Winnipeg Free Press - PRINT EDITION
Itsy-bitsy spider had murder in its eyes
Don't trust anything with more than four legs
As part of my new commitment to oral hygiene, I staggered into our bathroom Saturday morning with the firm intention of brushing my teeth.
There I was, rubbing sleep from my eyes, dreaming about the first cup of coffee of the day, slowly reaching out my right hand, when, suddenly and without warning...
That is the terrifying sound that erupted from my mouth when my brain realized lunging towards me was a spider that had been hiding behind the toothbrush container.
Instantly, the fear centre in my brain ordered my arm to retract inside my body, while the spider, which seemed eerily calm, ambled away and took refuge behind a medium-sized tub of Early-Harvest Raspberry Body Butter.
I know what you are thinking here. You are thinking I am a major weenie. Well, in my own defence, let me just point out you are completely correct, but this was not a regular spider.
No, this was the dreaded Hides In Your Bathroom Waiting For You To Think It's Safe To Brush Your Teeth Spider, which, as any professional wildlife expert will be happy to inform you, can easily grow to the size of a regulation softball and, if deprived of a diet of mosquitoes, will happily devour household pets and wayward postmen.
So there we were, the spider and I, locked in a standoff in our ensuite bathroom, me with fear in my eyes, him (assuming it was a him) with hatred in his eyes (assuming he had eyes). Neither of us wanted to make the first move, but, fortunately, I know just what to do when potentially deadly situations such as this arise.
I screamed for my wife, She Who Must Not Be Named. "HONEY!" I shrieked, "COULD YOU COME INTO THE BATHROOM FOR A SECOND?"
Instantly, nothing happened. This was because my wife was vacuuming in the den and couldn't hear me. So I screamed even louder and, moments later, she strode in and gave me one of those "looks" all veteran husbands are familiar with.
"What is it now?" she demanded in the tone you would use if you were having a conversation with a propane barbecue.
I pointed one trembling manly finger at the tub of Early-Harvest Raspberry Body Butter. "There's a spider hiding behind your body butter," I explained. "You need to do something."
"A spider?" my wife said, her expression a mix of confusion and pity.
"Yes," I explained, "it's a big one."
Again, I know what you are thinking. You are thinking that I, a middle-aged, former football-playing guy the size of a major kitchen appliance, should have had the moxie to deal with an itsy-bitsy spider situation on his own.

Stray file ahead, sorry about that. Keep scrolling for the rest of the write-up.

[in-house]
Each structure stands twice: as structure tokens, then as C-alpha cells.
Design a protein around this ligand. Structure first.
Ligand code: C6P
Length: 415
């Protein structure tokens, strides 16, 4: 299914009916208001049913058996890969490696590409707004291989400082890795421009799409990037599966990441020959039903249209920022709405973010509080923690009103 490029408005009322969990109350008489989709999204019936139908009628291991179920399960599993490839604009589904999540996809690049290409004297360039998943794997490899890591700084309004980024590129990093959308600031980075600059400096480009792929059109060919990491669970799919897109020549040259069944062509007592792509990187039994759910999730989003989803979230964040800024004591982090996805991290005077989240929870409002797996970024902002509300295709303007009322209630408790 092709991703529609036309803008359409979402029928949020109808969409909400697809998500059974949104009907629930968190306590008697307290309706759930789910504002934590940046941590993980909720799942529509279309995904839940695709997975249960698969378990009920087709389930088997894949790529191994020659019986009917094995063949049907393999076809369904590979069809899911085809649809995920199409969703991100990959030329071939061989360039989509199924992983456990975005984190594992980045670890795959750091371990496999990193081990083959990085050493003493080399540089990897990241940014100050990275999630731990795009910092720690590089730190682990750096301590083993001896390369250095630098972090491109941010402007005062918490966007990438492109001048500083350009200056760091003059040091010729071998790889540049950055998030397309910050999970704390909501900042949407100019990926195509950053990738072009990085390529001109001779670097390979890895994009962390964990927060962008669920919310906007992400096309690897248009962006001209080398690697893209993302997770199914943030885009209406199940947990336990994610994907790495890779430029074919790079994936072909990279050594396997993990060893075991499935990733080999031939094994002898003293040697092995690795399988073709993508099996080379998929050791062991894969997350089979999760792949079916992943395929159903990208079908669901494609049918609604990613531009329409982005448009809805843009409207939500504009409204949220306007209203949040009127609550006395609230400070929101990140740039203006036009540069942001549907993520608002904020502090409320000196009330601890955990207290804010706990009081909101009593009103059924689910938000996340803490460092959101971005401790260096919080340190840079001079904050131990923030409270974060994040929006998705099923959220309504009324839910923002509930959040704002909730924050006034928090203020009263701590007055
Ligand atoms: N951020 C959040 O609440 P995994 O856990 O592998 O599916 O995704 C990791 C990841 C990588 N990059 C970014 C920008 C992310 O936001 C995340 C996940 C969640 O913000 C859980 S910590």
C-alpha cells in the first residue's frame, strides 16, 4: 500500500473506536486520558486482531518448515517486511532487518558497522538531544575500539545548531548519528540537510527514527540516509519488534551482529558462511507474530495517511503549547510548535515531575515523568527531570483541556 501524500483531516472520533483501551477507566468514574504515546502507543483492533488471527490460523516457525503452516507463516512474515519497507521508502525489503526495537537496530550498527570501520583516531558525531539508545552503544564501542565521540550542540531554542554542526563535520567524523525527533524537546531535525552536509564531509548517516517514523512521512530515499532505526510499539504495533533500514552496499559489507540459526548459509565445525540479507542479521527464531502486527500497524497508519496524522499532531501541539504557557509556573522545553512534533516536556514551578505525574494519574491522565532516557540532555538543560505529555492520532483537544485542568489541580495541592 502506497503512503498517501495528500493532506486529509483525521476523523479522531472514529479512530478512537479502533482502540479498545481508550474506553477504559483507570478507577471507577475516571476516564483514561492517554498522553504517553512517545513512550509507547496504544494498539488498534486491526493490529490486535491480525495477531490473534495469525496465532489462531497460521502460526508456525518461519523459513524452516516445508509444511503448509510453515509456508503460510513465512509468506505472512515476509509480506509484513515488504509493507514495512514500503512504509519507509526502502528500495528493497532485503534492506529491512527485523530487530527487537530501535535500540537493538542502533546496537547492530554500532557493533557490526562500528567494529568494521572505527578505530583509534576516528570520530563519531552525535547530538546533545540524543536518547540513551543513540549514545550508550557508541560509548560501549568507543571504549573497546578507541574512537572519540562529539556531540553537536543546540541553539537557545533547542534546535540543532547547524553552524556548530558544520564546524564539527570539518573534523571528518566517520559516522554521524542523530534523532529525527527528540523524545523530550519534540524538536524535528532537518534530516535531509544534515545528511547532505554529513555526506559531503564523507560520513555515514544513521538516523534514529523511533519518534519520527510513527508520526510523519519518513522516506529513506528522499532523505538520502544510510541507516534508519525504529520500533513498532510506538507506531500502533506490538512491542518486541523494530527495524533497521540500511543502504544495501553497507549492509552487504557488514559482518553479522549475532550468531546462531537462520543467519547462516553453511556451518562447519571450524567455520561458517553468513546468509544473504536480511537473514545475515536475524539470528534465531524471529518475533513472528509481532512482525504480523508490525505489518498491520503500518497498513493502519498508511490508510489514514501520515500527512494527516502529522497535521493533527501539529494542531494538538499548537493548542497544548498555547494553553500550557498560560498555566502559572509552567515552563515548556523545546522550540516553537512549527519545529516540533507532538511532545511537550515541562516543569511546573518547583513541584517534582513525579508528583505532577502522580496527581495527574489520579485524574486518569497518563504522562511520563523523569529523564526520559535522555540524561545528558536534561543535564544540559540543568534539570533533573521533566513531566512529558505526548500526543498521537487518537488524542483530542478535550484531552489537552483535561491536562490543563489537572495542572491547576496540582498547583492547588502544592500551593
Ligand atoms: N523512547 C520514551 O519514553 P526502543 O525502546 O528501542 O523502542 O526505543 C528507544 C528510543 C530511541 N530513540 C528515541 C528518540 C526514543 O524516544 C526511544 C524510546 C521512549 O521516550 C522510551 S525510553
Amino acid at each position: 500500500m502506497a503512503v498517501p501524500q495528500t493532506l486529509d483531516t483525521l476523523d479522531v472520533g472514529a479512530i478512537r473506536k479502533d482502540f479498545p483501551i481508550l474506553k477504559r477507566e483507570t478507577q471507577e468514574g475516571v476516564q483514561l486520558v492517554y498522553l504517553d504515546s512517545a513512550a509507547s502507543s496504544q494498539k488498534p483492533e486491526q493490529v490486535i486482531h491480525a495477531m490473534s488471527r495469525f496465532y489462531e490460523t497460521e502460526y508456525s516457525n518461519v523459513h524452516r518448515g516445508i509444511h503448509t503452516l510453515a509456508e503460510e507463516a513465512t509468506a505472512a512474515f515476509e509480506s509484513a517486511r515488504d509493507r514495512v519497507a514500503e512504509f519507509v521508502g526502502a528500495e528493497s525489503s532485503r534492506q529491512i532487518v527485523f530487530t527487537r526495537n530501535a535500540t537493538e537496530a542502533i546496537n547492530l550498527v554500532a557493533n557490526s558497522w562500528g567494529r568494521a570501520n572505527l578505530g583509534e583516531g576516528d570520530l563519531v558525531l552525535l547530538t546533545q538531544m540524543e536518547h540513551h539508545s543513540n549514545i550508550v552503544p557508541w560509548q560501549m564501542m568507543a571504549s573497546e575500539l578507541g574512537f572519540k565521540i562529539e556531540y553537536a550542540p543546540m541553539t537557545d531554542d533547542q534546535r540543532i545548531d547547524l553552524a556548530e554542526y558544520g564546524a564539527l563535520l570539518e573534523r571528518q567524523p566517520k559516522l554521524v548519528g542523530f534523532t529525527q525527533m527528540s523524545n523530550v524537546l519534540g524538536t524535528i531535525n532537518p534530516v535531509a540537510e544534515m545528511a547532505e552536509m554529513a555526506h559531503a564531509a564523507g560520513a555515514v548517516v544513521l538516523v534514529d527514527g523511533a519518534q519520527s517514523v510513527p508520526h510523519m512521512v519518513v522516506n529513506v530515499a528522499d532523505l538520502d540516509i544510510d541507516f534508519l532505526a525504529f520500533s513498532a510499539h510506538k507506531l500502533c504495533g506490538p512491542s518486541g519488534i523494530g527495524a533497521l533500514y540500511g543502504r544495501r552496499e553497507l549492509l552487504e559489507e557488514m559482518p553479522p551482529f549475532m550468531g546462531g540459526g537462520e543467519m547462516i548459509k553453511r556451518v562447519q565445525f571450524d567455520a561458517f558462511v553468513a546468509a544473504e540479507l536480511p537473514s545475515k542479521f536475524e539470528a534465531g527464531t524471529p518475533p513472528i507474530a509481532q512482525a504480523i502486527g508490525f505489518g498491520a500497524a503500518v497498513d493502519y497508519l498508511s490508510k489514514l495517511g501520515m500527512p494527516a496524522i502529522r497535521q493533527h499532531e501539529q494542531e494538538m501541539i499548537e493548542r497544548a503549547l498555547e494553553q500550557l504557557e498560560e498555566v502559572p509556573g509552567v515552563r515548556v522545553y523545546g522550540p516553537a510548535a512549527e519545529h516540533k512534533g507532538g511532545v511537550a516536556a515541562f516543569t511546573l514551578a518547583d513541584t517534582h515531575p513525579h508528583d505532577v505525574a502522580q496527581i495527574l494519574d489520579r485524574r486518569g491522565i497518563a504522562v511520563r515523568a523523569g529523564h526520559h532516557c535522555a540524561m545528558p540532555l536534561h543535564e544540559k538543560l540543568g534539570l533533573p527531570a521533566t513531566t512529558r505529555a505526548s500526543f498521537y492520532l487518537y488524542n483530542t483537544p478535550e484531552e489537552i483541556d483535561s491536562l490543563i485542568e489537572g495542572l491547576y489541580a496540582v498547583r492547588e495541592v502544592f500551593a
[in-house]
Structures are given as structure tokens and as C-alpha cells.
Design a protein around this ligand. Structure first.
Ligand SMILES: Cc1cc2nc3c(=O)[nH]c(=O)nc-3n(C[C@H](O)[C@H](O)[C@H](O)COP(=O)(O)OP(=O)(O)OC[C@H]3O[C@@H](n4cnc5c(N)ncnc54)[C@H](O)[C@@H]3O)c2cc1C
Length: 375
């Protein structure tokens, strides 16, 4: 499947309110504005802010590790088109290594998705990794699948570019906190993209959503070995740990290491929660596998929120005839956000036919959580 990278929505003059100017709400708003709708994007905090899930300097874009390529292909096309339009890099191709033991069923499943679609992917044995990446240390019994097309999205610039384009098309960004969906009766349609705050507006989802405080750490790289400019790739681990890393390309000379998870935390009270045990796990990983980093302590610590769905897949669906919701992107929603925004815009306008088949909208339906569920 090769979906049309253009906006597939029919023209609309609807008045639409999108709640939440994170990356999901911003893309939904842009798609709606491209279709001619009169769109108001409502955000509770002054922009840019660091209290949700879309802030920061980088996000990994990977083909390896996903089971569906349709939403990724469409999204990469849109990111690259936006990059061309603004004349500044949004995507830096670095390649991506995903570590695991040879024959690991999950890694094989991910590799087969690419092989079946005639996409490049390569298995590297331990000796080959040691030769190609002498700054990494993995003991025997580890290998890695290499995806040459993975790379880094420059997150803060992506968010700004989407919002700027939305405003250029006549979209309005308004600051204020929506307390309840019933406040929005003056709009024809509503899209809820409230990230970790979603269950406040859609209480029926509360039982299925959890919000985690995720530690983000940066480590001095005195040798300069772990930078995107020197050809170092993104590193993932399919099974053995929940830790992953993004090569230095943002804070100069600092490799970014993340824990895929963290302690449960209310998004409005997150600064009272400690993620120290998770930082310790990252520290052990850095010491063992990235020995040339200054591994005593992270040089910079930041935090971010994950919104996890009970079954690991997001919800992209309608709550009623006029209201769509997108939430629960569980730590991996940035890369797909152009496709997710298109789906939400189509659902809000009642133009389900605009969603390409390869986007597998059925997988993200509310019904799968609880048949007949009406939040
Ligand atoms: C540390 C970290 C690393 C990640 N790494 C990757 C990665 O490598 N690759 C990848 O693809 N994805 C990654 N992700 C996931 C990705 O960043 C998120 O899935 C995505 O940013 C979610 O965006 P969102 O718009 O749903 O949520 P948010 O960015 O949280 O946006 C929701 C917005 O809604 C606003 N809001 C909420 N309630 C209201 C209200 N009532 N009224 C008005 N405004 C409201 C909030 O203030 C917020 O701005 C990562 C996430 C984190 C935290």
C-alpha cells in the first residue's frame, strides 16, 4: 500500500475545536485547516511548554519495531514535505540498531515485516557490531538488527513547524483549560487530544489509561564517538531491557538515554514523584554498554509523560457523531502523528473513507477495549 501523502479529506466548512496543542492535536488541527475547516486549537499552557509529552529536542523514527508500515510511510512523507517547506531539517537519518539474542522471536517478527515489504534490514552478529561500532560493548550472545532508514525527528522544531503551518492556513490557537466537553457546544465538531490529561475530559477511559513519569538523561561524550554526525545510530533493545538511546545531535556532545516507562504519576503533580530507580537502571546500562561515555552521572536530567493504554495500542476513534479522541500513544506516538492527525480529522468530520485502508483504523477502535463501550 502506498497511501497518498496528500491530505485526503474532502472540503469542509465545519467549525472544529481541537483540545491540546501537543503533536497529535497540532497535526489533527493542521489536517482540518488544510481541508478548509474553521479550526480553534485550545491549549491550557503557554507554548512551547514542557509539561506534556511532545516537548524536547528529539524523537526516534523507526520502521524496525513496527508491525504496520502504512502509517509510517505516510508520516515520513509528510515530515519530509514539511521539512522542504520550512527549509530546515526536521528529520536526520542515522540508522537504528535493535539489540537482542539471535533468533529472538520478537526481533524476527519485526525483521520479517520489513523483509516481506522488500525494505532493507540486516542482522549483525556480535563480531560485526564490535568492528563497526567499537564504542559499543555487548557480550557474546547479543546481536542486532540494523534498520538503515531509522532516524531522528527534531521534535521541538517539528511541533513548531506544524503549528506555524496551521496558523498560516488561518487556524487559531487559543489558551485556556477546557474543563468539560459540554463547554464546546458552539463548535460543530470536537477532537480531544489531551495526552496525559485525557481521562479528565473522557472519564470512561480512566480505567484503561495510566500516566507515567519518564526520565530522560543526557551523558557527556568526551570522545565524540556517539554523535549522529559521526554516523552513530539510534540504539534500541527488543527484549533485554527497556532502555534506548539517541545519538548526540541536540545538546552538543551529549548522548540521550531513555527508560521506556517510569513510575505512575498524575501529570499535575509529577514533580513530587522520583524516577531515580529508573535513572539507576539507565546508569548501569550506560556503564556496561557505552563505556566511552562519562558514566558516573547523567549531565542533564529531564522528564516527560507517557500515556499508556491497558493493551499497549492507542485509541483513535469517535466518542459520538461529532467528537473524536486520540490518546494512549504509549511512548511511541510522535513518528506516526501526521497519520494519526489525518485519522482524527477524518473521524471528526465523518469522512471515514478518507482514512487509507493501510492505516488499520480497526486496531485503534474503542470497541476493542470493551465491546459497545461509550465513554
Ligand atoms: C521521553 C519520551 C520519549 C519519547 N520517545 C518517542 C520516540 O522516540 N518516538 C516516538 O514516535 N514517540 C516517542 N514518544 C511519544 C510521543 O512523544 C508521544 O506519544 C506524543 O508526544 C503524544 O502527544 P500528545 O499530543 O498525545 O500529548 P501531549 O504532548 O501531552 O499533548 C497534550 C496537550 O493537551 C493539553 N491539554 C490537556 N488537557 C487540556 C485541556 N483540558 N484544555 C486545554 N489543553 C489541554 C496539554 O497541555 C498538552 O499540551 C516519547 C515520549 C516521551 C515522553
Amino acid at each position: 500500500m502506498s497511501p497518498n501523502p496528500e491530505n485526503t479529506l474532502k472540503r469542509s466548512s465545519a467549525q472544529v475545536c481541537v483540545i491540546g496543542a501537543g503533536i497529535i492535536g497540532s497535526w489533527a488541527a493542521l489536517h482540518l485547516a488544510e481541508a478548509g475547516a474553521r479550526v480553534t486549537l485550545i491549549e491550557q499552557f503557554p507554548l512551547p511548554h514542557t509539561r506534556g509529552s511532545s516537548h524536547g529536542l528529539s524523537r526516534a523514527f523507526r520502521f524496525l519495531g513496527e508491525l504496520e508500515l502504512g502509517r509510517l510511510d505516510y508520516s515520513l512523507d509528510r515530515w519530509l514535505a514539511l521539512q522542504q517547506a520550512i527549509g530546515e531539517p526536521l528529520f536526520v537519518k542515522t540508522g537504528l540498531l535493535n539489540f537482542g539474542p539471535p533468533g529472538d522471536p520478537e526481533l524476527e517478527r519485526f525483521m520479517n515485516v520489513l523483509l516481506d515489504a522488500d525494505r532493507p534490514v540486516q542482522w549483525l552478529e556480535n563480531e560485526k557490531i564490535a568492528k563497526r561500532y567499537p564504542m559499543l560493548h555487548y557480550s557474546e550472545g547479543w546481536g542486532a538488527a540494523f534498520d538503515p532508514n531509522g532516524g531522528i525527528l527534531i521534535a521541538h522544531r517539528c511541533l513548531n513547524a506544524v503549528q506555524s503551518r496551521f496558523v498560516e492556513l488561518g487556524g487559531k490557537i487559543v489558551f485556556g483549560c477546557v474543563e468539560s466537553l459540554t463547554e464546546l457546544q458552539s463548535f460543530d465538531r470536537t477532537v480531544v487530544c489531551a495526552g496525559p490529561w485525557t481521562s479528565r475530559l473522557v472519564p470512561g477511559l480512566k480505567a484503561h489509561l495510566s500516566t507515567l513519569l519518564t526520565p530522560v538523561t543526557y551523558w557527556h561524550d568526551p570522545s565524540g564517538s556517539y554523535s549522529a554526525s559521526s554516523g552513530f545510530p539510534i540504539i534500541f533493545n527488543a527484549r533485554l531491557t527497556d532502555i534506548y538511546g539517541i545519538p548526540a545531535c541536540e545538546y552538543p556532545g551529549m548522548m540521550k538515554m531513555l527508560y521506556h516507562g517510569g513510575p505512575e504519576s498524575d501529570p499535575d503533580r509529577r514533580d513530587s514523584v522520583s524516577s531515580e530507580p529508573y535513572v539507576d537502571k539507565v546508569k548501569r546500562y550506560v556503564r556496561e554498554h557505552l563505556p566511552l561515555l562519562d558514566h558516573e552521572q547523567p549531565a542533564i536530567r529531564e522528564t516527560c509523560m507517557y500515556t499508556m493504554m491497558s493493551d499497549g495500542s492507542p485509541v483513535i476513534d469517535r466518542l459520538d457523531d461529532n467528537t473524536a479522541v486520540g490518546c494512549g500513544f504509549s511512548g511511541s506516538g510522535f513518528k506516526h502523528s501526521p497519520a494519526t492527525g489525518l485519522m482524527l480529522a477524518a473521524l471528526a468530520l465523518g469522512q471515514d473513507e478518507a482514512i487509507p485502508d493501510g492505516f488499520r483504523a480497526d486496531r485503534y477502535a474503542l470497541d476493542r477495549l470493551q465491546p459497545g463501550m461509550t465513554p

That is easy for you to say, sitting there in your spider-free homes, sipping your expensive lattes, content to judge others who are going nose-to-nose (assuming spiders have noses) with angry eight-legged intruders who suddenly burst out from behind toothbrush containers.
Let me set you straight: In our home, we have a long-standing division of marital responsibilities, an agreement under which I am responsible for dealing with larger pests, including mice and telemarketers, while my wife is contractually obligated to handle the elimination of things with more legs than necessary, which includes spiders.
In other words, this was clearly her responsibility. But I was more than willing to do my part to ensure everyone emerged from this crisis unharmed. "I'll get you a Tupperware container," is what I told my wife.
"Huh?" she grunted, frowning.
"A Tupperware container," I repeated. "You know, so you can shoo the spider into it, then take him outside and release him into the wild so he can be with his own kind."
In response, my wife scowled, armed herself with a handful of tissues, pushed aside the tub of Early-Harvest Raspberry Body Butter and, with a lightning-quick lunge, deftly scooped up the stunned spider.
"Now what?" I asked her.
"Now this," she sniffed, and plopped the tissues and the spider into the commode, flushing it with the flick of a finger.
It was a bit of a blur at that point, but I recall remarking: "I thought you'd set him free outside."
Arching back to the den, my wife flung up one hand, scornfully. "You do YOUR job," she snorted, "and I'll do mine!"
And I'm perfectly fine with that, although I did flush the toilet a second time, because you can never be too careful.
Republished from the Winnipeg Free Press print edition August 18, 2014 A2
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